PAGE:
Thursday, February 21, 2008

Cross-X By Joe Miller - Book Review

By Joe Miller
Farrar, Straus and Giroux New York 2006
Striving for an Education Challenge

I picked up this book because of the interesting cartoon cover. I read it because it was about education.

In 2001, Joe Miller, a journalist in Kansas City, Misouri, was invited to attend the Kansas City Central High School by the student body president, because the school board had fired the superintendent and the school was now officially declared to be "academically deficient".

Miller was introduced to Jane Rhinehart, a debate teacher and coach, who had coached several KCCHS debate teams to victory against other more academically qualified high schools. The trophies showed proof of this.

But debate was not recognized by the district as a worthy activity. Unlike Football, Baseball and basketball which got all the money and no travel restrictions, the debate team was constantly being restricted to how far it could travel and how often, to attend competitions.

Listening to Rhinehart's pained accounts of this conflict, I began to see the sketchy outlines of what I came to Central hoping to find. Joe Miller

Joe Miller spent the year of 2002-2003 with the KCCHS debate team, and followed them through an entire year of debating practice and competitions. He tried to keep himself apart from the team, but eventually became personally involved as an assistant debate coach. Hw watched Jane Rhinehart battle against red tape and bureacracy from the school staff, the school board, and the Missouri State Activities Association.

The MSHSAA (Missouri State High School Activities Association) controls all extra-curriculum activites in the state. For debate, the rule was no more than 10 tournaments per year, and no more than 250 miles travel to get to the tournaments. This effectively ruled out all West coast and East coast tournaments.

This review may be hard to read, because I am going to be blunt. This book is about inherent racism in American schools - where some white teachers (in general and in 2003) do not teach the black kids because they think the black kids are "deficient" and incapable of learning.

Debate is an elite sport. The majority of debaters are white - there are very few minorities - not just Blacks, but Hispanic and Asians as well. The majority of schools that participate in debate are upper class majority white schools, and a majority of these are private schools.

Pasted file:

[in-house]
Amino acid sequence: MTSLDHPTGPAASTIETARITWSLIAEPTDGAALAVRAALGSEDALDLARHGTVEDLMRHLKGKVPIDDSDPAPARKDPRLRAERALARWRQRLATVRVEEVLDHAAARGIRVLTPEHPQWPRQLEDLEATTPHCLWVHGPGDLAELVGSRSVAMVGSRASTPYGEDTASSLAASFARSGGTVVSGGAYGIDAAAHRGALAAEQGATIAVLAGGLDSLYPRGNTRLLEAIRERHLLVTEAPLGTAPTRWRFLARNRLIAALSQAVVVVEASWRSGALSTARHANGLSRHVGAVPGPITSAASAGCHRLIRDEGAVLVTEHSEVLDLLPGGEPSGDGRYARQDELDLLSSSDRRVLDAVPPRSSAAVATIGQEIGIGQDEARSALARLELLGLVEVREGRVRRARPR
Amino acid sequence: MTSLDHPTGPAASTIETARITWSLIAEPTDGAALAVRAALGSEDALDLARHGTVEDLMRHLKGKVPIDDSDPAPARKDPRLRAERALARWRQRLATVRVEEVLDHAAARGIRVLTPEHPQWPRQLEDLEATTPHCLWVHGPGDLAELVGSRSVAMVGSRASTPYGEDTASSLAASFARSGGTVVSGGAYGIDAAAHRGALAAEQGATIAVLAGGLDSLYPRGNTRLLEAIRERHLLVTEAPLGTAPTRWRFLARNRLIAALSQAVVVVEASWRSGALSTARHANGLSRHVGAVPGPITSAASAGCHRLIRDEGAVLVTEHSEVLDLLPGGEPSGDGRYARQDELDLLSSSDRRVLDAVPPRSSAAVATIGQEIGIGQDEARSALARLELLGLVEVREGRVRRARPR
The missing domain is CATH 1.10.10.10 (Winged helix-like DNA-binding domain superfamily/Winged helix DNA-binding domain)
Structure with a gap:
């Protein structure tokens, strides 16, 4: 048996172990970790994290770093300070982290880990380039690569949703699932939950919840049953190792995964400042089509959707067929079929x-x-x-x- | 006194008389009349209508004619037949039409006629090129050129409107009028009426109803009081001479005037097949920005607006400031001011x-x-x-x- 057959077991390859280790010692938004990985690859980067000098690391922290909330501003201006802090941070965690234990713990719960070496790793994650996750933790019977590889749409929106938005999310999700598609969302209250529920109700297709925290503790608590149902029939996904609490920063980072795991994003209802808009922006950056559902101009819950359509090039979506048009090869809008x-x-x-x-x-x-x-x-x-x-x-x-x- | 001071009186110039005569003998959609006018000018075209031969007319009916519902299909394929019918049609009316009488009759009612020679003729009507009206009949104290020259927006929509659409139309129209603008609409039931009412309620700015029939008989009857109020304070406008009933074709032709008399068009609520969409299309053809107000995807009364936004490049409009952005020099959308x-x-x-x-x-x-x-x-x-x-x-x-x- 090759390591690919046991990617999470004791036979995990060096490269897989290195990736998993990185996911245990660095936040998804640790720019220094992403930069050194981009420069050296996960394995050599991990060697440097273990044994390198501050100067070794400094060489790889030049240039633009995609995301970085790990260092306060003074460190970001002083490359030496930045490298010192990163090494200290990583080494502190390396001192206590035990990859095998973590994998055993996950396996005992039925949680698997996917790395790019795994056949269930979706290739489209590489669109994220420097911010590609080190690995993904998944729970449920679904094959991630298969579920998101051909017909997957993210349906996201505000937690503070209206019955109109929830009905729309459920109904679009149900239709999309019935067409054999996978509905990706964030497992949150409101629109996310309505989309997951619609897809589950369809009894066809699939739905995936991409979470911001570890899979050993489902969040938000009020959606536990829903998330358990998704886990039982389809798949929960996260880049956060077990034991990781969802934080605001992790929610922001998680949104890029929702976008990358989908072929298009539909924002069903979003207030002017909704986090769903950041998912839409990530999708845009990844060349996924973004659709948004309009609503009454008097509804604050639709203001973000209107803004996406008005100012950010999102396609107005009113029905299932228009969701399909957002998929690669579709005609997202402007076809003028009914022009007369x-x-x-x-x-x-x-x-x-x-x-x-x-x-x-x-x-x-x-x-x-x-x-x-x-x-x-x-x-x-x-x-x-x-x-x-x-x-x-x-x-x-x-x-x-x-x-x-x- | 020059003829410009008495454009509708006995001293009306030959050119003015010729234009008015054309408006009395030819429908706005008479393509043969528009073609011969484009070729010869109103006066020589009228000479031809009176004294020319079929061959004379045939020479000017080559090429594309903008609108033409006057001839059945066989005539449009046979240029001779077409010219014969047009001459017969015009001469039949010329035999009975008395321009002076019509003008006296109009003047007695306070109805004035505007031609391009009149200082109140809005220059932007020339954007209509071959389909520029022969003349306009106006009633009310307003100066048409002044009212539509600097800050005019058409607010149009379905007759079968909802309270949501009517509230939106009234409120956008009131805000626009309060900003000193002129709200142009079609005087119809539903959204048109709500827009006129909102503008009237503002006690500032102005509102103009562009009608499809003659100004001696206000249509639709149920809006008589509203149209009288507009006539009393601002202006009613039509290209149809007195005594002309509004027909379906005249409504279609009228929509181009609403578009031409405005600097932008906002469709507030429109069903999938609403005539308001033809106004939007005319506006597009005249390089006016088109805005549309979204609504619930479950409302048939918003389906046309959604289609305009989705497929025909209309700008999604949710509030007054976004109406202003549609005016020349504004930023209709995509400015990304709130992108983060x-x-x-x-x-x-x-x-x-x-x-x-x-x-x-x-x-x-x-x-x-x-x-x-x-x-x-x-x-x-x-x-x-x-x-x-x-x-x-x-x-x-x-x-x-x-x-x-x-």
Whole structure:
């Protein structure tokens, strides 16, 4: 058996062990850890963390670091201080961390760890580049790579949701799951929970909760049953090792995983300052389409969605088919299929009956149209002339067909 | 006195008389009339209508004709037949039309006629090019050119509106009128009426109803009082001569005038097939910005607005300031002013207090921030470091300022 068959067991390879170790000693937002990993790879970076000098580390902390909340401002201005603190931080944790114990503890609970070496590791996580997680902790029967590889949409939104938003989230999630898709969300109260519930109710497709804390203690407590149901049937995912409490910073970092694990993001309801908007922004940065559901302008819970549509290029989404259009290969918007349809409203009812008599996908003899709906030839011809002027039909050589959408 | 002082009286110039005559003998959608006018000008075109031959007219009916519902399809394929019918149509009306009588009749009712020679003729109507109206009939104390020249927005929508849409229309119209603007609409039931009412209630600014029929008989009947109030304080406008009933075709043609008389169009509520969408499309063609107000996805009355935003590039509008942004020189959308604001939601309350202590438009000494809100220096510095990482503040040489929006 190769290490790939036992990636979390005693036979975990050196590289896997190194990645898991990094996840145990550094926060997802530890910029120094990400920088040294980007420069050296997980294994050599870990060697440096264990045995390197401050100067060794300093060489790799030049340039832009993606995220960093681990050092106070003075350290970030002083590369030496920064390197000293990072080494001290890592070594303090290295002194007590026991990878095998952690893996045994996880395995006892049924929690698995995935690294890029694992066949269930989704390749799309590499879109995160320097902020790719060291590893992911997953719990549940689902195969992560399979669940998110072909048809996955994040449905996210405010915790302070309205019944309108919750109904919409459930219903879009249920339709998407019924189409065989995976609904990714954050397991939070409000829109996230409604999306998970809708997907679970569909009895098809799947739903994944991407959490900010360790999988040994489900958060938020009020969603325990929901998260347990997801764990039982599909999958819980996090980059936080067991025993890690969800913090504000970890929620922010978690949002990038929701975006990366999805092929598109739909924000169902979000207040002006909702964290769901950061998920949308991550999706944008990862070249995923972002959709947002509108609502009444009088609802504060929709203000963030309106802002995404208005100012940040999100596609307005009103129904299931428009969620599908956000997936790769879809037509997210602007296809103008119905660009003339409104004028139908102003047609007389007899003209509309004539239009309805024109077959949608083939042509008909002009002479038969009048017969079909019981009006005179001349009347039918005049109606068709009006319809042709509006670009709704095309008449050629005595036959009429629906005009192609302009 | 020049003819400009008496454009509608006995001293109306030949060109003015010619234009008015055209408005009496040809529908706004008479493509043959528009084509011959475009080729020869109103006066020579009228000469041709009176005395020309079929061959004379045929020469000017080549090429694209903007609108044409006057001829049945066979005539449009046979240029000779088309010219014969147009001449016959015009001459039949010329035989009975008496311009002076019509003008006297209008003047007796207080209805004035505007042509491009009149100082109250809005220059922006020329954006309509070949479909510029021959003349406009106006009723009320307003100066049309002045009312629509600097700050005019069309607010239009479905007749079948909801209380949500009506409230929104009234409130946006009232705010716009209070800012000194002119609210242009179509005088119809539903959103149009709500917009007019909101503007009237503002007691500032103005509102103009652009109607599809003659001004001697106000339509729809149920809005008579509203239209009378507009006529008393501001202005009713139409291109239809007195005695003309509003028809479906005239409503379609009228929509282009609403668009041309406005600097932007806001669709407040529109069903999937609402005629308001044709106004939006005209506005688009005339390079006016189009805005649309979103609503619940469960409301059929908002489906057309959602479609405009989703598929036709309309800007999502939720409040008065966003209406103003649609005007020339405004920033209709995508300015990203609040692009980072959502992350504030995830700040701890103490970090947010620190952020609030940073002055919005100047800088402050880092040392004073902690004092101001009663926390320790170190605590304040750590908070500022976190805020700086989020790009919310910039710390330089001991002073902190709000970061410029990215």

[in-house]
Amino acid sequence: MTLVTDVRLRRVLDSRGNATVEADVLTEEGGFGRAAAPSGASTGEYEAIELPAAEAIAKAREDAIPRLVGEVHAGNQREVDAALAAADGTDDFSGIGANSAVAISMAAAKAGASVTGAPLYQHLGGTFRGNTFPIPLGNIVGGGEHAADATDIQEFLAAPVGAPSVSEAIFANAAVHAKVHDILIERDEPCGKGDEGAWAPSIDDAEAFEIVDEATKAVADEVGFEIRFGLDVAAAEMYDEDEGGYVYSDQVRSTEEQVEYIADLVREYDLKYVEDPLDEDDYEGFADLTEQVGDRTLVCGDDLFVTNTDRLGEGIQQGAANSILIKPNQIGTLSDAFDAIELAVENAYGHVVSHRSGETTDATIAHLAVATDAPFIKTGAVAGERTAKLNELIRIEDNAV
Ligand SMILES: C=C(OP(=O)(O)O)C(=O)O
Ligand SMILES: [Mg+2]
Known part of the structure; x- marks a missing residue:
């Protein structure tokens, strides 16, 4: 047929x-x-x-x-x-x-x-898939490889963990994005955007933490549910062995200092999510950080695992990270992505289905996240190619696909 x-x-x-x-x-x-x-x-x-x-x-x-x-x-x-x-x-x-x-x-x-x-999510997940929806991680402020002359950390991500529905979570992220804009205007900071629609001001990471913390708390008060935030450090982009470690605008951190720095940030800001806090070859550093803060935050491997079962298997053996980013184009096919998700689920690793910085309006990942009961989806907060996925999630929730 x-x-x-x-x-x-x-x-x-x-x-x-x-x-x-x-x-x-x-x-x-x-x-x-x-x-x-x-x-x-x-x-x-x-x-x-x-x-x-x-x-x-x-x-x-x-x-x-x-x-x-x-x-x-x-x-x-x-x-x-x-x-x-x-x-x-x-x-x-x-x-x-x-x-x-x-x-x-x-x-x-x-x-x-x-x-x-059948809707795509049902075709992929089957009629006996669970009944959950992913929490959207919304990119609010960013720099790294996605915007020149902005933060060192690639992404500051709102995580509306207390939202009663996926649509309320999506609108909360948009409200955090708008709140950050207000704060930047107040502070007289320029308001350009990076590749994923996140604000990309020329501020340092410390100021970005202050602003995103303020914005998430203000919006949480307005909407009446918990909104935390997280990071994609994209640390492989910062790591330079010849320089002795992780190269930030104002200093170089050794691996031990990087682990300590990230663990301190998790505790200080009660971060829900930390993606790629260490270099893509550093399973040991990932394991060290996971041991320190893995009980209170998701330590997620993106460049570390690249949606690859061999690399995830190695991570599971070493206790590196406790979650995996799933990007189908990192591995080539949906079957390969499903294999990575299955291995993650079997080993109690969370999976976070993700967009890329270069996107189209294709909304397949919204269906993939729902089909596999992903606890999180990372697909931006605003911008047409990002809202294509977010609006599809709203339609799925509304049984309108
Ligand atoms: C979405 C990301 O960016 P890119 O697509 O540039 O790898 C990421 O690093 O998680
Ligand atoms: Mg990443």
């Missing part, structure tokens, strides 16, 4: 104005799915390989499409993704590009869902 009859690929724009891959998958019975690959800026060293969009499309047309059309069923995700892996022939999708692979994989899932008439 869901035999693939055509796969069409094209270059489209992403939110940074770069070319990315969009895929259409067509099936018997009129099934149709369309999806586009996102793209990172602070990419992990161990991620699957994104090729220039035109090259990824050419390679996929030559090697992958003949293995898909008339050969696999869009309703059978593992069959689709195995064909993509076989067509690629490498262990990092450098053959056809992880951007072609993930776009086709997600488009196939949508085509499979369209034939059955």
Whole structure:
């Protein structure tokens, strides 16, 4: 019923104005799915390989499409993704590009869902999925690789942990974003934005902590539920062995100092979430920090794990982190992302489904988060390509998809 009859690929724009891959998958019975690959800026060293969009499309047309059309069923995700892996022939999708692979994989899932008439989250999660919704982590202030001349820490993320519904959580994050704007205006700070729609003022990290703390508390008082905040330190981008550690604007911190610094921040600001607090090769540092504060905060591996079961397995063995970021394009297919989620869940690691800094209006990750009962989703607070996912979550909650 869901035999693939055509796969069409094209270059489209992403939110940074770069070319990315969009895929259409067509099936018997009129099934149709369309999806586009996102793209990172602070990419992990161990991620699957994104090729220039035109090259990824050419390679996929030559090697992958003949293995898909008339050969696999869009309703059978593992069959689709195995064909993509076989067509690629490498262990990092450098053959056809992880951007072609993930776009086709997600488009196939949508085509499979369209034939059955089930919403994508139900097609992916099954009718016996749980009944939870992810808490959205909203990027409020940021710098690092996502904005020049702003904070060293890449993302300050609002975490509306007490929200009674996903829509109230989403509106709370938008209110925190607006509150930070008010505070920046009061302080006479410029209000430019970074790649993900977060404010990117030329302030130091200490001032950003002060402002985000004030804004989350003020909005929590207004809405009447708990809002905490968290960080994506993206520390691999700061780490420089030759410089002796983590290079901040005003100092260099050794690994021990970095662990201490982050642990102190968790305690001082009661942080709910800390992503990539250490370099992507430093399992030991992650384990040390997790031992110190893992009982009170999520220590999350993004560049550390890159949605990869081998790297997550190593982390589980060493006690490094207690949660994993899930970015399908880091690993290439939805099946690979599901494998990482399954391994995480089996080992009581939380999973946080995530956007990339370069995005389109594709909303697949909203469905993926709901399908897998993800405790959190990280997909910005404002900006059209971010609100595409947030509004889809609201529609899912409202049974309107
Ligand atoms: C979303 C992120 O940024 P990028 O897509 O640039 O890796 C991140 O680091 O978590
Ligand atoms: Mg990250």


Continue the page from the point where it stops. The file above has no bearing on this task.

This is a rap by one of the Kansas City Central HS debaters.
Geoffrey Stone, 2003, page 449 set to Dr Dre.

My school is almost 100 percent black
Just seventeen out of 3000 kids tested proficient in Math
It's the same in English, Social Studies and Science
"academic deficient" is how we're defined
The only foreign language we get offered is Spanish
French or Russian, Teacher said I wouldnt understand it

Walk in my school is like going to jail
Metal detectors guard our academic hell
Early last month there was a fight at my school
Two girls hitting each other trying to be cool.
Has your school ever had a fight?
Maybe some teachers break it up, right?
Not in my school.
The state beleives all blacks are fools
At central they treated us like rioters
The called in twelve cop cars and a helicopter

High School debate is an activity skewed toward the elite. In order to succeed, the kids need thousands of dollars to attend [debate] camp. They must learn to argue un a way that's utterly foreign [to them, arguing] at breakneck speed, using enough scholarly material to overwhelm a PhD candidate. And even then, there was only so far they can go. (Page 455)

Most of this book is about how the Black kids forced a change in debate by introducing hip-hop music and rap to the debates. The white teams promptly claimed it was not within the rules, but the blacks kept winning their rounds and began winning tournaments. But since hop hop and rap are not encouraged in the college debate scene, the kids cannot continue these new ways if they wanted to go on and debate in college.

1 comment:

heather (errantdreams) said...

Sounds like a fascinating, if somewhat depressing, book.